The Witches of Conan

I had a lot of trouble with this post. Originally, this was to talk solely of Salome, the antagonist of “A Witch Shall be Born.” However, I was unsatisfied with my thoughts on her and waited until I had reread “Red Nails” and thought more of it’s antagonist, Tascela. Part of my problem with trying to worm my way into a decent analysis of both characters is the sexism involved (though subverted or challenged by Valeria).

Here’s the thing. Both characters are female. Both are witches trained by wizards. Both gain positions of power. And both seem determined to ruin what they have power over for their own desires. In a number of ways, this conforms to a nasty, sexist stereotype of overly sexualized queens and witches. In both stories, Howard is drawing parallels between a good woman (Queen Taramis and Valeria) and an evil woman (Salome and Tascela). Along with “Slithering Shadow,” the audience is treated to a binary of good/ evil often with evil representing arcane knowledge, decadent desires, and “obscene” sexualization (at least for the time period).

Beginning with Salome of “A Witch Shall be Born,” I think that it is interesting to question what exactly she was after. We know that she was exposed shortly after birth and raised by a wizard from Khitai. We further know (from Salome) that she was expelled from his company because she wanted immediate and more earthly power and pleasures. She lacked the patience to learn as her master had. This could just be teenage rebellion or perhaps an aspect of the witches in the family that force them to act in certain ways. Irrespective of what happened or what drove her to her actions. It seems that she clearly intended to ruin the kingdom of Khauran to the point of no return. Much like Valerius in Hour of the Dragon, I think that Salome was embittered and filled with an intense hatred for her family and her homeland that she intended to completely destroy them through her gluttonous and psychopathic rule.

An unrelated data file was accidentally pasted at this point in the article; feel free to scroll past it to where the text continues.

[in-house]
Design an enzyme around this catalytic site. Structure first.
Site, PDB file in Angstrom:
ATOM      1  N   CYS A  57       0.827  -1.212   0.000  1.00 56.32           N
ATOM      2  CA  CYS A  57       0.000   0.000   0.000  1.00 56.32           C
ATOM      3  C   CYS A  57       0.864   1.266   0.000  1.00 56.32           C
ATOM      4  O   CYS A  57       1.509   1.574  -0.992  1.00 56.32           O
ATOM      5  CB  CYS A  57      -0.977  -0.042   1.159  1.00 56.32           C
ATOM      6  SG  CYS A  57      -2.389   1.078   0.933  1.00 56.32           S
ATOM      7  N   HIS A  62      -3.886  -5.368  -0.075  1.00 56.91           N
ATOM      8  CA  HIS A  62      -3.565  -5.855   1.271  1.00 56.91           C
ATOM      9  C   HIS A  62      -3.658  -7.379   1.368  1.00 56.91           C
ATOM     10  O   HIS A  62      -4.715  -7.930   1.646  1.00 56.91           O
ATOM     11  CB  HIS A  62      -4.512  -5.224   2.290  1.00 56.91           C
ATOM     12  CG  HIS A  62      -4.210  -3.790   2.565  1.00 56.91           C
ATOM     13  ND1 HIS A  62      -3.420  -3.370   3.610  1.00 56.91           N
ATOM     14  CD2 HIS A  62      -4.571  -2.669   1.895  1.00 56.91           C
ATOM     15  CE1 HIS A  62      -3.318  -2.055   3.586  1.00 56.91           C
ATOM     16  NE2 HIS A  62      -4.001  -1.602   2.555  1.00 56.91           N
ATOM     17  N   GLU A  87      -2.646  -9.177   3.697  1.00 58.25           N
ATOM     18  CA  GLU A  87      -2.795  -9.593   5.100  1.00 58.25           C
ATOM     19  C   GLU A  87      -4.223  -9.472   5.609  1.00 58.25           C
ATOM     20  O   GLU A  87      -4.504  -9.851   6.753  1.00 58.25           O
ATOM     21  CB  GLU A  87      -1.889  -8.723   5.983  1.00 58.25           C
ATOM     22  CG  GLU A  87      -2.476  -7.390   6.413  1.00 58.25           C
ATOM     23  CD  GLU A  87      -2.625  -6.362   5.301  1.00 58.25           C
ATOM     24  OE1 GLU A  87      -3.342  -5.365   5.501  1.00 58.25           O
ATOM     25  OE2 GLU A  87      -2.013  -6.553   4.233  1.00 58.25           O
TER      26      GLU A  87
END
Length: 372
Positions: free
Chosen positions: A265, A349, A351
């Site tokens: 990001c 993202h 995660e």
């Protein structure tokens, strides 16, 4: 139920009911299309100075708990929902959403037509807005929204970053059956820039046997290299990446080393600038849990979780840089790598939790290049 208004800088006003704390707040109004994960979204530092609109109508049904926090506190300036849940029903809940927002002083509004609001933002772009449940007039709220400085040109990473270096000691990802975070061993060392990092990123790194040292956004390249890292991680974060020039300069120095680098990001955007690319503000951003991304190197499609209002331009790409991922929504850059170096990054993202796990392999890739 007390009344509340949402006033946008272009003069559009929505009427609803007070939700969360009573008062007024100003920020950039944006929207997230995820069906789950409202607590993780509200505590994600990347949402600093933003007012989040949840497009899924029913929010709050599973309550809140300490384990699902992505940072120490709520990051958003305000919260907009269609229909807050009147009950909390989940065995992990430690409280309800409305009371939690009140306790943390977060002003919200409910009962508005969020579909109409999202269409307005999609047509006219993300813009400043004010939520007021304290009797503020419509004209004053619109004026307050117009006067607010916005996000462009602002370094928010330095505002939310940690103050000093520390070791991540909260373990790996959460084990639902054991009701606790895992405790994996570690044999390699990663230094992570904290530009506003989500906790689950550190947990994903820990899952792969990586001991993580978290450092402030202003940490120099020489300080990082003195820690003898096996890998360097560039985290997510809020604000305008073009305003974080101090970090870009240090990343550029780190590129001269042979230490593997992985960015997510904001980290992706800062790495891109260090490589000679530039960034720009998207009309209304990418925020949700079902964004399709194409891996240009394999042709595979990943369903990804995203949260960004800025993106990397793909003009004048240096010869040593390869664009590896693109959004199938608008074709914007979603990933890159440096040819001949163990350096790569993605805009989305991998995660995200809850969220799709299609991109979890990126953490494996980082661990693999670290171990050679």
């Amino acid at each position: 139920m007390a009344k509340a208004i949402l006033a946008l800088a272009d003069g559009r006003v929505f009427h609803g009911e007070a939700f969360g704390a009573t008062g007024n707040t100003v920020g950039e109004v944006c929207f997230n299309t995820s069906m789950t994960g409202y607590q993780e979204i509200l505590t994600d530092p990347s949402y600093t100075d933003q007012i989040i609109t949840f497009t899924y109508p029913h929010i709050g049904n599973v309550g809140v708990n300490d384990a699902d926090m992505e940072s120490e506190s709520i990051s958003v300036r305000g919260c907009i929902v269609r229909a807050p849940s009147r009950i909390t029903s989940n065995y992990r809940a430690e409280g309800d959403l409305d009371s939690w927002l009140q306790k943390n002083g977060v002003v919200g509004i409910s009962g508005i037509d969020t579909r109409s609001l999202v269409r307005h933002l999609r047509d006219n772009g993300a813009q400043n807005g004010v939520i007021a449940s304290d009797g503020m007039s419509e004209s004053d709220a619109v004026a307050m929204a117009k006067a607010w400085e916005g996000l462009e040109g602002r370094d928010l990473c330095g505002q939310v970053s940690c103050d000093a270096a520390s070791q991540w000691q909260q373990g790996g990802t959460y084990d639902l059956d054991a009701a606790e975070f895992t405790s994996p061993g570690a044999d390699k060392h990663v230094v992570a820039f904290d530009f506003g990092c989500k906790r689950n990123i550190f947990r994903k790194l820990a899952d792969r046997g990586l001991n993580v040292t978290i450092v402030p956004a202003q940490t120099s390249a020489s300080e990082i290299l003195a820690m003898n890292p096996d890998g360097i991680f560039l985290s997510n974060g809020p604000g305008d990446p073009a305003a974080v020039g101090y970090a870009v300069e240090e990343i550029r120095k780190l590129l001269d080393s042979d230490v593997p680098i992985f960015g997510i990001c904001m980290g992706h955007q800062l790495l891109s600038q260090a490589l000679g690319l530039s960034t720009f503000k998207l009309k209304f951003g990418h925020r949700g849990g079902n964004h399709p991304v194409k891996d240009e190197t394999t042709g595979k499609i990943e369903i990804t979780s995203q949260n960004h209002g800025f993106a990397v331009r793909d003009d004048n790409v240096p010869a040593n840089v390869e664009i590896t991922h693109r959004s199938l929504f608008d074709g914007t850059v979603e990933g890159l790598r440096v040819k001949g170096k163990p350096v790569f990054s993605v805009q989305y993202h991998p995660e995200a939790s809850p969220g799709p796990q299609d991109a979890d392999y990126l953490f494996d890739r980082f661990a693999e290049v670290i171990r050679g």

This explains, for me, elements of Salome’s plan for capturing the throne. If she had been smart, she could have just eliminated Taramis and ruled in her stead with no one obviously the wiser. But with throwing her lot in with the Shemitish mercenaries, she clearly intends to damn her sister’s memory and to rampage through her kingdom.

So the question is, what made her do it? Was it the family curse (which I think is likely) or her upbringing by the wizard of Khitai? I would go with the former. We do not know much about the wizard, but I suspect his plans were rather similar to the Stygian priest in regards to Tascela. That means that I think the wizard wanted her more as a lover rather than as a student. But I could be wrong and he genuinely wanted her as a protege with little sexual elements. Who knows?

But we do know that was the Stygian’s intention for the beautiful Tascela. The Stygian taught her the secret of immortality. And she promptly began a career of ruining the men who vied for her love. I don’t remember what happened to the priest, but the only one who seems to have come out of it unscathed is which ever Stygian king wanted her. Clearly, the three men of Xuchotil came out of it far worse off. What then, of her intentions?

I would argue that Tascela used her position to maintain power over her group to ensure her own eternal youth. Yes, she contended with the wizards of the other faction. But she is clearly interested in only her own existence and beauty.

But we still haven’t reached conclusions about the why? I think that we have a pretty good handle on Salome’s motivations but not Tascela’s. Perhaps the madness that destroys the people of Xuchotil afflicted her most of all. Or, perhaps the decay was a reflection on her own personality. Very curious.

Now, onto the magic comparison! I would argue that Salome, though being significantly younger than Tascela, is the stronger witch. While I am sure that Tascela has more in her arsenal than sucking the soul out of beautiful women, we do not see it in text, and she seemed not overly inclined to deal with the other side’s magical attacks. Perhaps she lost the drive or just did not have the power. But Salome does display her powers. Given her head start (raised by a wizard), she summoned Thog, uses a crystal ball, and has fire powder.

Any way, this concludes my Witches of Conan post. I plan on hitting Xaltotun and Thoth Amon in a few days. And then I’ll be done with Howard for a while.



Posted on November 7, 2010, in Books and tagged , , , , . Bookmark the permalink. Leave a comment.

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